The Serious Complications of Severe Sleep Apnea

Severe sleep apnea is a serious form of sleep apnea characterized by very frequent periods of not breathing during sleep. If you or someone you know has been diagnosed with sleep apnea, or you snore during sleep, you might be at risk for severe sleep apnea.

In this blog post, we will define severe sleep apnea, list the potential complications, and explore options to help you manage it before it gets worse.

What is Severe Sleep Apnea?

Sleep apnea is characterized by periods of not breathing during sleep. The word apnea means "to deprive of breath," so sleep apnea is the “deprivation of breath” during sleep. If you would like a full overview of sleep apnea, please visit this article about sleep apnea for more information. For this article, we will focus on how doctors and researchers grade sleep apnea for severity.

According to the Division of Sleep Medicine at Harvard Medical School, one key measure of sleep apnea severity is the Apnea/Hypopnea Index (AHI). This index measures how many events of apnea you experience per hour during sleep. To grade the severity of sleep apnea, researchers use this scale:

  • None/Minimal: AHI < 5 per hour
  • Mild: AHI ≥ 5, but < 15 per hour
  • Moderate: AHI ≥ 15, but < 30 per hour
  • Severe: AHI ≥ 30 per hour

With this scale, we can see that having up to 15 apnea events per hour is still considered mild. Anything higher than 15 apnea events per hour is deemed to be moderate or severe.

To give some perspective, the bar for severe sleep apnea is not that high. One study made it a criterion to only include individuals who had an AHI score of more than 100. That means those individuals stopped breathing more than 100 times per hour, or several times a minute. At that level, quality sleep is nonexistent.

It is estimated that 22 million Americans suffer from sleep apnea, with at least 80% of cases of moderate to severe sleep apnea going undiagnosed. Unless you have had a sleep study, the simple presence of snoring is not enough to know the severity of your sleep apnea. Moreover, it is also possible for mild sleep apnea to evolve into severe sleep apnea over time from various factors, so managing the disease with the appropriate treatment plan is critical to prevent a progression in the disease.

A recent 2017 meta-analysis discovered that severe sleep apnea could independently predict premature death for any cause, especially death caused by cardiovascular problems. What makes this research finding so egregious is the final message: any disease-related death can potentially be traced back to severe sleep apnea.

Finally, even the death of Carrie Fisher was later ruled to be “sleep apnea with other conditions: atherosclerotic heart disease and drug use” according to the American Sleep Apnea Association. It is not clear that she was being treated for sleep apnea, but she had the symptoms according to the article. Undiagnosed sleep apnea likely caused heart failure in her case.

The Complications of Severe Sleep Apnea

The complications of severe sleep apnea are generally the same as sleep apnea overall, but to a heightened degree:

Possible Complications of Severe Sleep Apnea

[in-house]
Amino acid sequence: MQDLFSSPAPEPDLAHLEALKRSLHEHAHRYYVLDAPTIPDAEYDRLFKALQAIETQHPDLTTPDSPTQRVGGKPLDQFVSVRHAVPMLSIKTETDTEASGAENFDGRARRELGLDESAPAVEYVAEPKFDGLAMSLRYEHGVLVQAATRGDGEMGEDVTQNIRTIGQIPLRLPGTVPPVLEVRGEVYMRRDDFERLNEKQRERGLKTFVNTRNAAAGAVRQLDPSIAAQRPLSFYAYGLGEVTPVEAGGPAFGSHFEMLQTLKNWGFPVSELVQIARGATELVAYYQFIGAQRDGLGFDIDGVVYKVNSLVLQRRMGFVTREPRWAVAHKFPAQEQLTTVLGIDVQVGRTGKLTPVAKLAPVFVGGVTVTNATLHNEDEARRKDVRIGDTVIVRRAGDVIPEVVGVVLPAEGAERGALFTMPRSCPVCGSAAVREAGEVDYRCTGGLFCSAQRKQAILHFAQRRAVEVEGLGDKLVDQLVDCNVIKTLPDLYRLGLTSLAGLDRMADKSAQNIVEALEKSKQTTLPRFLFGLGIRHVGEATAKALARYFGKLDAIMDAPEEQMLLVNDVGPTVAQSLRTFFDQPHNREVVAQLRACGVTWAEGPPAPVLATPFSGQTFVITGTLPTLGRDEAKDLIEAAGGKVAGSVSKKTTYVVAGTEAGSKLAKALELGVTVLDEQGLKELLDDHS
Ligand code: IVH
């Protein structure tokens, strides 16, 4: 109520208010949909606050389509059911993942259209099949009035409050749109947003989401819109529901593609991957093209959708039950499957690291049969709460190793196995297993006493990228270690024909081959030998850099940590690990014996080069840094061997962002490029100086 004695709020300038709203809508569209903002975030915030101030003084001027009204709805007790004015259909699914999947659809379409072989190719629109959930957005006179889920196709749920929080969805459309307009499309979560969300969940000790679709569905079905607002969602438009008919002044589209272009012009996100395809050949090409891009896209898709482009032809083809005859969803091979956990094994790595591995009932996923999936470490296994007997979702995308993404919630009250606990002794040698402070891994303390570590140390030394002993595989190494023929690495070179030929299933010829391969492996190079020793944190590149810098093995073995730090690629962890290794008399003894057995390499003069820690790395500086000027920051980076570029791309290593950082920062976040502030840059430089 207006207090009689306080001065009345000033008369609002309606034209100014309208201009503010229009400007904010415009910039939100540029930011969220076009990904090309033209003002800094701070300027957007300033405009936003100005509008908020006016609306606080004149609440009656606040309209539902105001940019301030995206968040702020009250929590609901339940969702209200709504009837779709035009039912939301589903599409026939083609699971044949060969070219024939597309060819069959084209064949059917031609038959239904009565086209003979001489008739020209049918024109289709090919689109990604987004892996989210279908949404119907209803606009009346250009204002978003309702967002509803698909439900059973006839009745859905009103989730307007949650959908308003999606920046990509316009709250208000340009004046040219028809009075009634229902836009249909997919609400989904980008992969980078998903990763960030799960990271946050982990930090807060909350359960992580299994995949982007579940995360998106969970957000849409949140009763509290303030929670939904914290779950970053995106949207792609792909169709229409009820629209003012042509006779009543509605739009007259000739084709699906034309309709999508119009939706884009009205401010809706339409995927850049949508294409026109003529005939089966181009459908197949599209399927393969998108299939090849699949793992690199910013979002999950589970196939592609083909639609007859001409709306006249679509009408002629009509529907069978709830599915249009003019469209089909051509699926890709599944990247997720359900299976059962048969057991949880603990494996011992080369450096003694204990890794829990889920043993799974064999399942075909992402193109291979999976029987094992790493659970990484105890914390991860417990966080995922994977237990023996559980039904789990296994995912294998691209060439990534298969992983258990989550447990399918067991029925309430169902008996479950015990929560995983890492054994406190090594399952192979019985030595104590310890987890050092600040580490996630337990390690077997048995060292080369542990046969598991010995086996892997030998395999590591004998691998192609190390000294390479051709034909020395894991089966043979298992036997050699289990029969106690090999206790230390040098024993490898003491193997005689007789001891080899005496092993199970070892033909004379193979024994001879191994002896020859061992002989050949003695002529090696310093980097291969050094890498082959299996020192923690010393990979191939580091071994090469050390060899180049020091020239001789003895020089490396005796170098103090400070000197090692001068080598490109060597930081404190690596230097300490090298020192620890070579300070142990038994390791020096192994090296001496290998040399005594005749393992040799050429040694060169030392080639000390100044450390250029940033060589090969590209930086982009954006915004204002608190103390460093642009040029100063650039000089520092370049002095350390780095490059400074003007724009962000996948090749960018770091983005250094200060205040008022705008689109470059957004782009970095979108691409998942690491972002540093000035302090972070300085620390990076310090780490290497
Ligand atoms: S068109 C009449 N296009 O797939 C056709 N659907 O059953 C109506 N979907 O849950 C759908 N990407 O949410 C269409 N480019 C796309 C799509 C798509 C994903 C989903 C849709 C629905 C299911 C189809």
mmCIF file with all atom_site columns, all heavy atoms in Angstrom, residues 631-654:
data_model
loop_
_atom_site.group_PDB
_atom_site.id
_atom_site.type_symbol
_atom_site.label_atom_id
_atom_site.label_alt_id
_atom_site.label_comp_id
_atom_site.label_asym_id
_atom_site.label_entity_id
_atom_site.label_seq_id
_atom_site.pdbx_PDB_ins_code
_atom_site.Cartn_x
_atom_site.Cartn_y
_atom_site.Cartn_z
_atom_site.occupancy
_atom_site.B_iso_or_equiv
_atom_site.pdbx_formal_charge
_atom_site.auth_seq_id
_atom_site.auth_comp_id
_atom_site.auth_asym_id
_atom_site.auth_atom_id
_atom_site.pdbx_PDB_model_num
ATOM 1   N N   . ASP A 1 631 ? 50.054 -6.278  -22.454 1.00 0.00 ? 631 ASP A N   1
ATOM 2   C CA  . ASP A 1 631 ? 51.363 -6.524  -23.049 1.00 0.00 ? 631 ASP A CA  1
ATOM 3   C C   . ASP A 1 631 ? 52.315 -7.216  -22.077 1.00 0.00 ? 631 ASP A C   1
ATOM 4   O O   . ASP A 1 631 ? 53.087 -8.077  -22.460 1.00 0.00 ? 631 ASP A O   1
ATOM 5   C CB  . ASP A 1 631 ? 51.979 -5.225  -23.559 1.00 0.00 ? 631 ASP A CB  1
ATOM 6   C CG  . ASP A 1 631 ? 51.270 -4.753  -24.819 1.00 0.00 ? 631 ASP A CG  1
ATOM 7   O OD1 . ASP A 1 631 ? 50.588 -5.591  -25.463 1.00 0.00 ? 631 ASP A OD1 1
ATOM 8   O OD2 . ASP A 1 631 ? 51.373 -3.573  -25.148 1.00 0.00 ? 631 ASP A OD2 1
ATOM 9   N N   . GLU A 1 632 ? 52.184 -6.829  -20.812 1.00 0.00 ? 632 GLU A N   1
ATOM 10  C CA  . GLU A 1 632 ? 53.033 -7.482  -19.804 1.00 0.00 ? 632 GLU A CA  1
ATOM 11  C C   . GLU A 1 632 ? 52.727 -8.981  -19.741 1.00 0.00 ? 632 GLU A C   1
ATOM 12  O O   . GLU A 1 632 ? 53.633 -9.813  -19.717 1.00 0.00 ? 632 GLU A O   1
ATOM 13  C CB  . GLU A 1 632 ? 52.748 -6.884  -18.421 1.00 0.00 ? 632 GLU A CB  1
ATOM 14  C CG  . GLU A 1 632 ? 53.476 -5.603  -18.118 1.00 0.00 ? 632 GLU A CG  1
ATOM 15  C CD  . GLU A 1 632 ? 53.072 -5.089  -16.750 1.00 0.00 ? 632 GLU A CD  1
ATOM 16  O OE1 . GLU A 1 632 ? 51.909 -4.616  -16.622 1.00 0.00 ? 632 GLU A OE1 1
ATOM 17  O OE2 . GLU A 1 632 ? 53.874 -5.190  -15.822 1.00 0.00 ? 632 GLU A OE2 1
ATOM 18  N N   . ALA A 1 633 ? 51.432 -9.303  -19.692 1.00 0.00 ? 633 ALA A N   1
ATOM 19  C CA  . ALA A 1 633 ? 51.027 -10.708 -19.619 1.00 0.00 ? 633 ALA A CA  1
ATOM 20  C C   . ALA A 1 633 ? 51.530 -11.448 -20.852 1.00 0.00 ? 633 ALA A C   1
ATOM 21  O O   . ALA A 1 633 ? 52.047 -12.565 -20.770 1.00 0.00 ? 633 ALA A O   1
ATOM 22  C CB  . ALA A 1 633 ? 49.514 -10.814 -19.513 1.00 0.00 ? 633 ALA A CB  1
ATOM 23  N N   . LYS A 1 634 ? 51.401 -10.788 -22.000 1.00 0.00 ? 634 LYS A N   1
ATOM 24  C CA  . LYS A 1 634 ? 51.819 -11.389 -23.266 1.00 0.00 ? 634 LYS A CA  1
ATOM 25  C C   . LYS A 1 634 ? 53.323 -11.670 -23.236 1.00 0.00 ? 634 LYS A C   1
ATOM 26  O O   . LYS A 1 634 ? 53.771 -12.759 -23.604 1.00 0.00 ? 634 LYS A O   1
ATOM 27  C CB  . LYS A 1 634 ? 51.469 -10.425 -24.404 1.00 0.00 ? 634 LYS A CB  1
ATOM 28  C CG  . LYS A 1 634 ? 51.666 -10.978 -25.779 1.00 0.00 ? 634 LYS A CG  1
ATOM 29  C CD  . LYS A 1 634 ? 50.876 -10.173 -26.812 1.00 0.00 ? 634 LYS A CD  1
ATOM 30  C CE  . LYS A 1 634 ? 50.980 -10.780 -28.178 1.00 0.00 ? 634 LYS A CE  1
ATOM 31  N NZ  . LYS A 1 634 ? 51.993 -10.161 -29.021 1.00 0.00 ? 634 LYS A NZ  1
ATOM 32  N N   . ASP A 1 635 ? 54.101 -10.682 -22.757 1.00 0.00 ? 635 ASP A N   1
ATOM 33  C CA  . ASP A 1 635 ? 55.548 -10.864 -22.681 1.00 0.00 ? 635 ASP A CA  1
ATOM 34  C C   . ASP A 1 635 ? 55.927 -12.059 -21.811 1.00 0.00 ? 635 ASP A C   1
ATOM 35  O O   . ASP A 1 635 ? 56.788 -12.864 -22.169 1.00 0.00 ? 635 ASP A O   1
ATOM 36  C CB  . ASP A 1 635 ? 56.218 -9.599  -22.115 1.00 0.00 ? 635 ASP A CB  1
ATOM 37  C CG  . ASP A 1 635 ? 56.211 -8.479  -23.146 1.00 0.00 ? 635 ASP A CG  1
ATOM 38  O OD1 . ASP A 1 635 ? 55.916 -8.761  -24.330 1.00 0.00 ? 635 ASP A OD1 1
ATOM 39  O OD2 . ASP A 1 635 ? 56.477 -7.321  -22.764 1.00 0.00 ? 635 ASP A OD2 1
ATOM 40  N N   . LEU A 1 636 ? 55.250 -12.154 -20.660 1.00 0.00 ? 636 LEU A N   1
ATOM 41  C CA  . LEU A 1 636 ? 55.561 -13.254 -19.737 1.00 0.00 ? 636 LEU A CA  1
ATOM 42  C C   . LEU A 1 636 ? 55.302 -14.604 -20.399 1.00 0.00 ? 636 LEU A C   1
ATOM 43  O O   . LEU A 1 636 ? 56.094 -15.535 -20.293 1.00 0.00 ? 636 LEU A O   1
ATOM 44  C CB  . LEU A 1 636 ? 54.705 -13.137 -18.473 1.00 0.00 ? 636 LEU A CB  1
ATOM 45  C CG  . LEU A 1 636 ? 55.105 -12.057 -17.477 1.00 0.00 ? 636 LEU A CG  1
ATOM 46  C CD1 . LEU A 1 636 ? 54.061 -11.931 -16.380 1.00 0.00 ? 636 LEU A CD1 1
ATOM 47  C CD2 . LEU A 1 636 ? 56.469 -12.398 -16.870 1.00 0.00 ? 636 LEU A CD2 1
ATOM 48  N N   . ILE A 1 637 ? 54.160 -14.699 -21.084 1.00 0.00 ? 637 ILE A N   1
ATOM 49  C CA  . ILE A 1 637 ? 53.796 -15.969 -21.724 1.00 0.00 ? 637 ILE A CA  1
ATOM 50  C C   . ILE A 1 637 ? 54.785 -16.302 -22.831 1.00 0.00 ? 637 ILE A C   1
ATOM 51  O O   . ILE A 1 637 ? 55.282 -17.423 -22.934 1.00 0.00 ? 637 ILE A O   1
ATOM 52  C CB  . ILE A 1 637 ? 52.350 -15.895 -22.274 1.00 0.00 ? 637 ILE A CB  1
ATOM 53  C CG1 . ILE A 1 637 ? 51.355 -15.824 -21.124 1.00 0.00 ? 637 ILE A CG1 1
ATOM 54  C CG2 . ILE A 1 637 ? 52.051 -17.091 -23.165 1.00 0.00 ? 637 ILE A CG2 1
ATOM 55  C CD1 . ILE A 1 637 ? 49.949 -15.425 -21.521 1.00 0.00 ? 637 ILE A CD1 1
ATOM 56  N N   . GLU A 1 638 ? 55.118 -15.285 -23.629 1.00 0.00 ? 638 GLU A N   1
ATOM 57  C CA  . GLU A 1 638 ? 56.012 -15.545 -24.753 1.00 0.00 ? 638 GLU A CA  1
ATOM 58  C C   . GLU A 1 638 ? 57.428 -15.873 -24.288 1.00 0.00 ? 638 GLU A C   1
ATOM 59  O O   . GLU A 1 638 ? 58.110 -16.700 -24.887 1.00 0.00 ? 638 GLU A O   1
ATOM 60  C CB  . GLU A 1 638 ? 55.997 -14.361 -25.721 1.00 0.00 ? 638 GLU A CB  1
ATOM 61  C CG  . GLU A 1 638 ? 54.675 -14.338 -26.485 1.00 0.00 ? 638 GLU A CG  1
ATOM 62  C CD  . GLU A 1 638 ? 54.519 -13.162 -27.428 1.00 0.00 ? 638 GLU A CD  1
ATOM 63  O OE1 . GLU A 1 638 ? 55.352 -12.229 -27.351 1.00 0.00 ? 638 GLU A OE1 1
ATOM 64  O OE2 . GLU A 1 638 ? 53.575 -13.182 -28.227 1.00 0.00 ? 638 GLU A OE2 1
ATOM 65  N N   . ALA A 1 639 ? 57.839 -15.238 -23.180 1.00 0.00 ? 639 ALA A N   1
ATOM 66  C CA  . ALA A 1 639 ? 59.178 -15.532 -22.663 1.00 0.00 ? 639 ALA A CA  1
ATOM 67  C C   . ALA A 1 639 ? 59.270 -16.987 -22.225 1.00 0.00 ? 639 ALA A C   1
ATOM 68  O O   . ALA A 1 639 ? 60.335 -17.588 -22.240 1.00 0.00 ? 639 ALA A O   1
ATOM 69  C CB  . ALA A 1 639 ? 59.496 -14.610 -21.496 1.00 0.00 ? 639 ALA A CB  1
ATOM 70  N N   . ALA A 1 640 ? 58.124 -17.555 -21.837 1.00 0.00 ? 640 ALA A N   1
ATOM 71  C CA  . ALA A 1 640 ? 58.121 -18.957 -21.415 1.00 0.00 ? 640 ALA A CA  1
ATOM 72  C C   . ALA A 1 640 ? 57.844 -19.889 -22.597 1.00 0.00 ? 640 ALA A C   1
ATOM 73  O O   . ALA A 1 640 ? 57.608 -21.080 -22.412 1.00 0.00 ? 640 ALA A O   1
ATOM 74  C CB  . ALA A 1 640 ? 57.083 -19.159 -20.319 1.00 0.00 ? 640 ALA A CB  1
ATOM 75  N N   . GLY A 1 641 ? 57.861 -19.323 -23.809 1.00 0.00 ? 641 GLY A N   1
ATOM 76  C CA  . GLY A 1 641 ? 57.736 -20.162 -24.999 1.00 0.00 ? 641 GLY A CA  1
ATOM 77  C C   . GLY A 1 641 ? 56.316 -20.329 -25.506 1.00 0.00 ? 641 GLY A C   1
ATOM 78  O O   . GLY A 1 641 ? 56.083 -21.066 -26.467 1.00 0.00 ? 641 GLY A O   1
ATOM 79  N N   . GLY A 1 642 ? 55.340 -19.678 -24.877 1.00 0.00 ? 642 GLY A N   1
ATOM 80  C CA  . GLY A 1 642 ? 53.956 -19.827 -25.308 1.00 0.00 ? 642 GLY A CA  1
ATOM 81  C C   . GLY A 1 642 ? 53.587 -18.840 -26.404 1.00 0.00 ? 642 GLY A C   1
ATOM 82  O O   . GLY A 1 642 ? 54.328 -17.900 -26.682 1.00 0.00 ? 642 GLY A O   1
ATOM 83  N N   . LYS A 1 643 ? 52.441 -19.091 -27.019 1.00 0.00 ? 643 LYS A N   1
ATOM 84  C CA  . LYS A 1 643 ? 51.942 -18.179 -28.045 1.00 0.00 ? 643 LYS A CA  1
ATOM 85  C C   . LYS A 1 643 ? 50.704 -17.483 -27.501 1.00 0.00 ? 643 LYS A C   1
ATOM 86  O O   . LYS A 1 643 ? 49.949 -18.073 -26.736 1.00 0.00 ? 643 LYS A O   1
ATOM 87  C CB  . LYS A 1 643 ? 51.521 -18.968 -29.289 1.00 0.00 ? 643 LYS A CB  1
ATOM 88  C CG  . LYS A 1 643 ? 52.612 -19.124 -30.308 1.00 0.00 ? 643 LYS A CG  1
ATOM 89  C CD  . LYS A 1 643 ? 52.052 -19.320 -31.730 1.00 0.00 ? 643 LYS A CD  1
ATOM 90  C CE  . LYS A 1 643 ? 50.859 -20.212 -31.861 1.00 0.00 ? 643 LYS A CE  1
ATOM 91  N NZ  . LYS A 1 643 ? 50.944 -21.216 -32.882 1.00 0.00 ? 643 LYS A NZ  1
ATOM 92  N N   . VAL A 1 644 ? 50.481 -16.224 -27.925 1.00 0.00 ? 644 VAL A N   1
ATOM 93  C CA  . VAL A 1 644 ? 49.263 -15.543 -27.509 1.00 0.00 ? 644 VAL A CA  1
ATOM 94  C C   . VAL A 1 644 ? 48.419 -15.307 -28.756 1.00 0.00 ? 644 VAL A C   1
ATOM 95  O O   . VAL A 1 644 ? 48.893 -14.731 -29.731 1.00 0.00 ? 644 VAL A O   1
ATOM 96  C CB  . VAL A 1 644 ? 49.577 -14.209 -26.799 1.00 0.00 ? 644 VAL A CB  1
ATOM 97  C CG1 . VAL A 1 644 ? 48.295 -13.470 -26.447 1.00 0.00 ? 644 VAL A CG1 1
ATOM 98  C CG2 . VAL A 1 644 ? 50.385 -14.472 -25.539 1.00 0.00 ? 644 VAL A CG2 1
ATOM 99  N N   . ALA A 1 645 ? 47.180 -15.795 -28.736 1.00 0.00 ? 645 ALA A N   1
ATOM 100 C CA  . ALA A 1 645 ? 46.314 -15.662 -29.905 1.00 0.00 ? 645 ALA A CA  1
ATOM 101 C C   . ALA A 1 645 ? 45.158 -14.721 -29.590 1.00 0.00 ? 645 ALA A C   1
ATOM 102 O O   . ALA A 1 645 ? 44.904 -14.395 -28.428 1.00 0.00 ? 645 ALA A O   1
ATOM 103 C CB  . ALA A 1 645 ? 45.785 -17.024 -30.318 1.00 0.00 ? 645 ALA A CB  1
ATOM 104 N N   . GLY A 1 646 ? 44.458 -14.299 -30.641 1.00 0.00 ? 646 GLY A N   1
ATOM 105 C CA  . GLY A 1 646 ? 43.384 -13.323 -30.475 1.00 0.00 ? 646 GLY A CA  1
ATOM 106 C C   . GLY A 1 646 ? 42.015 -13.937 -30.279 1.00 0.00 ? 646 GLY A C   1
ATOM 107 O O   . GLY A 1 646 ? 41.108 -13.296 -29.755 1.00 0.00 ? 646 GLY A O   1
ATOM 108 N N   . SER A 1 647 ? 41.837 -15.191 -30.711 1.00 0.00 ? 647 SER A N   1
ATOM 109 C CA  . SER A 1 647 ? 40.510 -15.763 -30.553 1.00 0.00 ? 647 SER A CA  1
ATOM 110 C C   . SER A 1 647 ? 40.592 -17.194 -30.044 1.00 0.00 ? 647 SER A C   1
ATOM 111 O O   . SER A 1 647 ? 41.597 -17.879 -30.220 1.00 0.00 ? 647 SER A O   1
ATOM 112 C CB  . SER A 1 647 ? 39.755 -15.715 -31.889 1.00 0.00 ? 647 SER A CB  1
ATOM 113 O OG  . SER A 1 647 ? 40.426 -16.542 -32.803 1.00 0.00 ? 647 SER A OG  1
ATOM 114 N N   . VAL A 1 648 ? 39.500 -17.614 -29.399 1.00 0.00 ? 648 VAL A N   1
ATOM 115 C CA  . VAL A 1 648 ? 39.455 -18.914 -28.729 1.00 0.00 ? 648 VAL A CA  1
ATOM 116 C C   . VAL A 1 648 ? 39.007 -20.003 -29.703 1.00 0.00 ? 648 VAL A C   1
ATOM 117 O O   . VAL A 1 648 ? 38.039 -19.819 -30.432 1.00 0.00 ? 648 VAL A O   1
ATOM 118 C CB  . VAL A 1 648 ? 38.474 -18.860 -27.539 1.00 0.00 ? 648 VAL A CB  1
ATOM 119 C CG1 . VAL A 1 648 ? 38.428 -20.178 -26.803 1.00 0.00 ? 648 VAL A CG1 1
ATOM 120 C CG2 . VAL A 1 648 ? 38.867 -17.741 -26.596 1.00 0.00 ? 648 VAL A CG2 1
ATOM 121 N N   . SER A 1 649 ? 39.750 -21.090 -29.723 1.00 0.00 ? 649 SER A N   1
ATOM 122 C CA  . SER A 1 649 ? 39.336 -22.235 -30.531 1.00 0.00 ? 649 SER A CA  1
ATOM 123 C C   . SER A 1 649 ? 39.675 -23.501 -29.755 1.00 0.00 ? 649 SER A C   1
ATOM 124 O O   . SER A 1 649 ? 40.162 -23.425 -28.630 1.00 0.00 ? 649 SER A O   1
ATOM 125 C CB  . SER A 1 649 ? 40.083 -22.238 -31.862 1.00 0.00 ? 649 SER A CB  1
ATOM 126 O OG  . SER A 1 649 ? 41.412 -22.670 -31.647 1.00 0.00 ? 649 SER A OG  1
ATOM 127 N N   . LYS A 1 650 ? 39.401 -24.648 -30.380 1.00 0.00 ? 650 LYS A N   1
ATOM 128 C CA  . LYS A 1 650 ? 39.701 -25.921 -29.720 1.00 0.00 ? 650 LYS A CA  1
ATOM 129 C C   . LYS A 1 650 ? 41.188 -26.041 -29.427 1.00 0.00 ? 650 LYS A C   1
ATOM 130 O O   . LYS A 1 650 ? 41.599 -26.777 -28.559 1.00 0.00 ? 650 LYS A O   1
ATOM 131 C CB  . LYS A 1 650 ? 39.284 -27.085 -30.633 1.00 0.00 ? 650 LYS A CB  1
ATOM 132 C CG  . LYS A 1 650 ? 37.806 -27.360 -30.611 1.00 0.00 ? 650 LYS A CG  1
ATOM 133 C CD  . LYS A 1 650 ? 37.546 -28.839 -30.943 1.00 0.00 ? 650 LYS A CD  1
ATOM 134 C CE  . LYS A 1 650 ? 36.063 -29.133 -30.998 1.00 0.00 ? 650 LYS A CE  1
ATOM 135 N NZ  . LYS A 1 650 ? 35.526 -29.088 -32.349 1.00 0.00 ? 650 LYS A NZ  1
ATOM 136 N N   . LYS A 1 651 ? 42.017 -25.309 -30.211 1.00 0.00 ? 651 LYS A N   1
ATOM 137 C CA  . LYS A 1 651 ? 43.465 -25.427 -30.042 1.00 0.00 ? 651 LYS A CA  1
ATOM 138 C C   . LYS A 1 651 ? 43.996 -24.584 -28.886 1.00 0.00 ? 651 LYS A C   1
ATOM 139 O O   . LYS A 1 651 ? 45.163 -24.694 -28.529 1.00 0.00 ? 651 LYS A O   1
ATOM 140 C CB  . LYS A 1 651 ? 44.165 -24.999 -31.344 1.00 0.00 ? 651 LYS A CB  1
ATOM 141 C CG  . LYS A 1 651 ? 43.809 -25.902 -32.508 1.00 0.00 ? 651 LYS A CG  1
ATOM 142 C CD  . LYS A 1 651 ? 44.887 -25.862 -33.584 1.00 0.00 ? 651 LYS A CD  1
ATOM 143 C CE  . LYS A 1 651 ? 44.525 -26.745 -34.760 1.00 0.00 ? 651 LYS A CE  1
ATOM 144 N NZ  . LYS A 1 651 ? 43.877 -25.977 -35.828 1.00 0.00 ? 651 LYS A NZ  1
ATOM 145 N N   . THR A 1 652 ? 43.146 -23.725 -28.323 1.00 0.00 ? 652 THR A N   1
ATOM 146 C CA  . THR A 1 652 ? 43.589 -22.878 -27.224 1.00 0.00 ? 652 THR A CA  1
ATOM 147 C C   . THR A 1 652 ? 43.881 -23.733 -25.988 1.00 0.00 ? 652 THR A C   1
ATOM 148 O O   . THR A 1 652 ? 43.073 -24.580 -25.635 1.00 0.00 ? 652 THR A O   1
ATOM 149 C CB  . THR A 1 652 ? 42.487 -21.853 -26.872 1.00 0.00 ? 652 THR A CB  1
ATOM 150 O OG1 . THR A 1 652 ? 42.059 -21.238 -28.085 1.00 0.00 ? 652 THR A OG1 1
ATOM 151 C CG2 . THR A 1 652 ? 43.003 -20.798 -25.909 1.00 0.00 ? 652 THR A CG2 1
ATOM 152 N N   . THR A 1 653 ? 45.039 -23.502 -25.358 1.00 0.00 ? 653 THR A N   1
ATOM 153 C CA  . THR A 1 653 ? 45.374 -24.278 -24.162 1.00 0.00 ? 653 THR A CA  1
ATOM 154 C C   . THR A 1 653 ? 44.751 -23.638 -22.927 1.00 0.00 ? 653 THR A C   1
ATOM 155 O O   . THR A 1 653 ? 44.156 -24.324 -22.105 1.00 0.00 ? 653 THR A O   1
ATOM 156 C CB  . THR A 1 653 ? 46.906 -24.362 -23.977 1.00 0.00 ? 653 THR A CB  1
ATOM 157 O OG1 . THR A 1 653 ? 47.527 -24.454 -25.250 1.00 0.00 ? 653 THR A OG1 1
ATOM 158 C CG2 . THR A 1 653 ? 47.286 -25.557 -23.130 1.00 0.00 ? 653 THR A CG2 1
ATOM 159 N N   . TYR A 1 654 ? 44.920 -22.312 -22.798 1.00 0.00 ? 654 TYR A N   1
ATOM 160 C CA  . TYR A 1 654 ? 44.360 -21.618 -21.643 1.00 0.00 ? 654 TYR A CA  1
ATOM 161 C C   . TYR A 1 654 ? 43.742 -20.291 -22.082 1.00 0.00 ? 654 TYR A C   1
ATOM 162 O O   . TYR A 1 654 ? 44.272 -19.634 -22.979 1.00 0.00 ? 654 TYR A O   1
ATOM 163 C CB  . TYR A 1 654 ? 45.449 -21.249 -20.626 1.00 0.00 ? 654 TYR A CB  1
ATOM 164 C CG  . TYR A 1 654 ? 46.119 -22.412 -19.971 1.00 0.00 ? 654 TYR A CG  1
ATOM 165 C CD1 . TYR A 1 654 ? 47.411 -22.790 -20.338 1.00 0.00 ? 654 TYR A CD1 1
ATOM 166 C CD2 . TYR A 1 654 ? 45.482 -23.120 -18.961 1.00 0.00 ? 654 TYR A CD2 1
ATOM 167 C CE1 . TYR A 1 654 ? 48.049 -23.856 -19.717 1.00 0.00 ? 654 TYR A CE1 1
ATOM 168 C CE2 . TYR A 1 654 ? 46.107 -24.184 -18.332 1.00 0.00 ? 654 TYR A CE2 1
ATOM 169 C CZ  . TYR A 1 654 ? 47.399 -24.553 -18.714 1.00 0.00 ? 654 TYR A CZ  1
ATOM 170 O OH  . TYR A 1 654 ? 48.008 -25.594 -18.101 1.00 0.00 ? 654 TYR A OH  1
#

• Heart failure
  • Attention and memory problems
  • Glaucoma
  • Periodontitis
  • Stroke
  • Premature death
  • Increased cancer risk
  • Unsafe medication interactions (narcotics, antidepressants, alcohol)
  • Sleep-deprived partners
  • Moodiness and irritability

While irritability might not seem like a big deal, sleep apnea can increase your risk of heart disease, stroke, and cancer. So to keep things in perspective, severe sleep apnea is a serious illness with many complications that increases your risk of premature death on several fronts.

What You Can Do to Get Help

If you suspect that you or someone you know might have sleep apnea, the first thing to do is request a sleep study from your doctor. To get appropriate treatment, you have to know how severe the problem is. A sleep study will give you a better picture into the severity of your sleep apnea and will help your doctor place you in a severity category.

Once you have the proper diagnosis, your doctor will most likely order a continuous positive airway pressure (CPAP) machine for you to use during sleep.

Here on our website, we have many resources to help you get started with your CPAP machine once your doctor prescribes one for you:

Final Thoughts

Severe sleep apnea is a serious form of sleep apnea that increases your risk of premature death in many ways. While it is essential to understand the complications and overall risks that go along with the disease, it is more important to focus on the treatment plan to avoid those risks. Fortunately, while the complications of severe sleep apnea are serious, getting a CPAP machine is an easy and extremely effective way to treat it.

The information on this page is not intended to be a substitute for professional medical advice, diagnosis, or treatment. For more information about sleep apnea, talk to your doctor or primary care provider.


About Ryan Anthony: Ryan Anthony, BS, RRT is a registered respiratory therapist and content writer and medical blogger currently located in Los Angeles, California. As a Respiratory Therapist, he performs a wide range of hospital duties including adult and neonatal intensive care, nitric oxide therapy, high-frequency oscillatory ventilation, conventional mechanical ventilation, noninvasive ventilation, BiPAP, CPAP, intubation assistance, bronchoscopy assistance, cardiopulmonary resuscitation, chest physiotherapy, and nebulizer therapy.

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